indulged in at Port Byron today. Smith
& Orant is the title of the firm running
the steam ferry boat, "MayHower,"which
in tbe summer time plies between Port
Byron and LeClaire. Recently the ferry
owners withdrew their boat, and placed
her on the ways for repairs, and since
then a man named Johnson, of LeClaire,
has been doing a ferry busiuess by meana
of a skiff. Now Smith & Orant bave
bad Johnson arrested for infringement,
claiming that they hold the exclusive
franchise for ferriage at that point
Johnson holds tbat the franchise held by
tbe Port Byron people is for a steam fer
ry only, and that it does not apply to a
skiff. The hearing of tbe case is in pro
gress at Port Byron this afternoon.
Cohdova, Dec. 11. Mrs. Charity
Marshall died Saturdav night at ber
daughter's residence, Mrs. Tavener
Tbe funeral occurred at tbe Baptist
church Monday at 11 o clock. Mrs,
Charity Marshall was born near Hope
well. Mercer county, N. J., March SI,
1814. Her maiden name waa Golden
Her mother having died when she was
less than two yeara of age. she was
brought up by her grandmother. In 1843
she came to Cordova. She waa baptized
by Rev. J. N. Seeley, Dec 1843. and
united with others a ahort time after
ward, ia organizing tbe Baptist church in
this place. In Sept. 1845 she was unN
ted in marriage with Mr. Henry Mar
shall, who died in tbe defense of bis
country in 1864. A son and two daugh
ters mourn the loss of a beloved mother.
9 Elizabeth Bradley to C. E. Smith,
lot 7. block S, William Dickson's ad,
C E Smith to Harriet Zabo. lot 7,
block 8. William Dickson's ad. Milan,
William Jackson to M O Field, lot 8
Jackson's sub div, ae 4. 2, 17. 2w, $225
The copartnership heretofore existing
under the firm name of Streckfua
Schaab ia this day diasolved, Mr. John
Streckfua retiring. Tbe business will be
conducted in tbe future by Joseph Scbaab
and Joseph Wolters under the firm name
of Schaab & Wolters.
Rock Island, 111., Dec. 11. 1889.
Our fashionable ladies were talking
great deal last season about "The Ele
pbant Grey." Tbat it was the "prettiest
color, "tbe handsomest tint, "tbe very
best style, etc Horn Utj say that lor
cold the best cure is one bottle of Dr,
Bull's Cough Syrup and the ladies
ARGUS, WEDNESDAY, DECEMBER 11,
FRANK HARWOOD DEAD.
The Well-Kaewa Mellae newspaper
Saw Haeeaaiba la Caaaaatptlaa tale
Frank Harwood, a well-known tri-city
newspaper man, died at the home ot Mrs.
Henry Harwood, in Moline, at 7 o'clock
this morning, of consumption. He csme
home from California six months ago a
mere skeleton, after having been there
two years in vain search for renewed
Deceased was born in Nebraska twen
ty-six years ago his real name being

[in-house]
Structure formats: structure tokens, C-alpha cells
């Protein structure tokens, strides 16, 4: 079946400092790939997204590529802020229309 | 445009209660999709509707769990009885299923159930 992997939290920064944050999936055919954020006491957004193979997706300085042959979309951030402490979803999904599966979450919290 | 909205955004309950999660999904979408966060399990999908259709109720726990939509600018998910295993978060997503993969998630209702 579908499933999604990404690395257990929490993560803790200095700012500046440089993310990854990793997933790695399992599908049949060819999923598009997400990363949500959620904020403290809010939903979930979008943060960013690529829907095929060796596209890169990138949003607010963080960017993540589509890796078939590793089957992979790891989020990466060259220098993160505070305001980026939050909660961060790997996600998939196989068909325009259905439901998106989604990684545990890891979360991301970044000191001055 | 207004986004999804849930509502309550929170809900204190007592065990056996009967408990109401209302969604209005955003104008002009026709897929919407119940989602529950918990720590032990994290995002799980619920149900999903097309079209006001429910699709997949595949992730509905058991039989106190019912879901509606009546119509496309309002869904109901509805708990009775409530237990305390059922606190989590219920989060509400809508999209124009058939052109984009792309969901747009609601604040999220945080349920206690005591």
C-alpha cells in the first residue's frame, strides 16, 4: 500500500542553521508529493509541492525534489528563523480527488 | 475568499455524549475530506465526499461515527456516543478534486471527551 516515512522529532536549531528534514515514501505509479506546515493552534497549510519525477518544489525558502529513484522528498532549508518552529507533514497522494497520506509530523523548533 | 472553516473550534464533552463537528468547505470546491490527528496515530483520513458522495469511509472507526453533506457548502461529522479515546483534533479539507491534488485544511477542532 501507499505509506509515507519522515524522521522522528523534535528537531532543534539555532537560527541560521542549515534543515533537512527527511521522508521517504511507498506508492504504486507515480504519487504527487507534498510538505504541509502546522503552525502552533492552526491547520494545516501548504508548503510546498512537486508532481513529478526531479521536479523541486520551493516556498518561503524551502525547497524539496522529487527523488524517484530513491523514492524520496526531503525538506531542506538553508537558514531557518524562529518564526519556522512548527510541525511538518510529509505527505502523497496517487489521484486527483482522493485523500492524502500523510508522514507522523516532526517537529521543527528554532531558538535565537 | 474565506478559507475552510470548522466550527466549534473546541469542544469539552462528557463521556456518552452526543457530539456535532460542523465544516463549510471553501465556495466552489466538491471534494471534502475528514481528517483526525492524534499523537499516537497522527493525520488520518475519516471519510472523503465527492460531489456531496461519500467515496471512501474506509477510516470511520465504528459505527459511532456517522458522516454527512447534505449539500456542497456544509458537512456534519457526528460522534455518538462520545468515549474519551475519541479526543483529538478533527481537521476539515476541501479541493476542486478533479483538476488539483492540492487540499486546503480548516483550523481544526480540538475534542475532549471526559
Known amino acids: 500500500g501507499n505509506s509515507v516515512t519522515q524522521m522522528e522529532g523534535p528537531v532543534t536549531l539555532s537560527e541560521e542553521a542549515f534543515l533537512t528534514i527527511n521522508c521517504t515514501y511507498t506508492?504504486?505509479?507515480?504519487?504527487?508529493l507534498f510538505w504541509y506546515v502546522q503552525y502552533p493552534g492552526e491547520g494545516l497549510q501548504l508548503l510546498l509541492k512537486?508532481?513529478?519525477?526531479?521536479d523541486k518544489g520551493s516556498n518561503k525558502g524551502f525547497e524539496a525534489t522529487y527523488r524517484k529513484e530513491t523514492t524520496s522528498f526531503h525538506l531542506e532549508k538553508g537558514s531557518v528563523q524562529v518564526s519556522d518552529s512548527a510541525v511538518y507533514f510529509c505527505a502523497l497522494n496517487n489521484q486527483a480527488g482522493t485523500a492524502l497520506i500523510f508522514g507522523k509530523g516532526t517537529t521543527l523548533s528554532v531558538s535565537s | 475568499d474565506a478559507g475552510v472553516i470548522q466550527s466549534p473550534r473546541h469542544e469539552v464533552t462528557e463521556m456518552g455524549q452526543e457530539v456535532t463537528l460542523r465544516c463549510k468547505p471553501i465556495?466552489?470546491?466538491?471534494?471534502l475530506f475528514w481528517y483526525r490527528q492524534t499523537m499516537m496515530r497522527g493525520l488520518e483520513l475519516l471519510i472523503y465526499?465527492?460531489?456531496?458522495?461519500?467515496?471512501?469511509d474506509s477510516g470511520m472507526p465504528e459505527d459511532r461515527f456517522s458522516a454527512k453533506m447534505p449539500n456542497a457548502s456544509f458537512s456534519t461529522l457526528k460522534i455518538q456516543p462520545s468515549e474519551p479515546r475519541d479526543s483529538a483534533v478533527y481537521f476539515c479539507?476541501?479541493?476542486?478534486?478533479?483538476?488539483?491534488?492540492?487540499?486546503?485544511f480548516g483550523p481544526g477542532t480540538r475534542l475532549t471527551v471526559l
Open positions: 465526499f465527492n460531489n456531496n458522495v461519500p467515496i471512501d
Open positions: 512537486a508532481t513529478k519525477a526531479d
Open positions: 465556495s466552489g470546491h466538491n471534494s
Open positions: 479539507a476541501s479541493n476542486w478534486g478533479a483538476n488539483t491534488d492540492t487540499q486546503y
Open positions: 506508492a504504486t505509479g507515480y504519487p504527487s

Hines. His father was a "grey beard"
on the island during the war, and it was
then tbat Frank waa brought to Moline
while yet a babe. His mother died about
tbat time, and the infant boy was adop
ted by Mr. and Mrs. Henry Harwood, and
he knew no other parents. He
was well csred for by his foster
parents, received a thorough echoi
ng and every reasonable advantage.
He became connected with newspaper
work at an early age and for ten yeara
was associated with tbe tri city press,
having been employed in a reportorial
capacity in Moline on the Abous, tbe
Davenport Democrat, Gate tie and the
Moline Dispatch and Republican, and at
one time conducted a paper of bis own
called tho Hornet. He became quite
noted on one or two occasions. He waa
spicy writer and bad a great many
warm personal friends. A few years ago
be was elected a member of the county
board from Moline.
nis step-father, Mr. Ileory Harwood,
died a few Tears since, but bis actual
father still lives at Otley, Iowa. He
leaves a sister in Iowa and two brothers
whose whereabouts are unknown.
The funeral will occur Friday afternoon
at 2 o'clock from Mrs. Harwood's home
Holiday Male af Kit Ulavra
will take place on Thursday and Fridav.
December 12th and 13th. when we will
place on sale at reduced prices every Dair
of kid gloves in tbe bouse, including all
our regular brands and best known and
most popular makes of suede and kid
gloyes. We do this to give an impetus
to this department such as no other
method of advertising would do. Owing
to tbe large quantity which will undoubt
edly be sold at ibexe prices, we will de
cline to fit all gloves during the nrocress
of this sale:
4-bulton Trianon cloves, colored and
black, regular price 75c; sale price 59c.
4-bulton Chanmont, best $1 glove ever
shown; sale price 78c
4-button Elite, a glove well known by
our customers; regular price $1.25; sale
4 -button Royal, our best wearing and
best fitting glove, regular Drico SI 50:
sale price $1.12.
6 -hook Royal, aame Quality as the
above, regular price $1.50; sale price
4 -button Tref ousse. our popular suede
glove in tbe new shades of tan and p-rav,
regular price $1 C5; sale price $1.15.
7 book Derby and Jouyin gloves, the
best of all our brands, regular price
$1.75, sale price $1.25.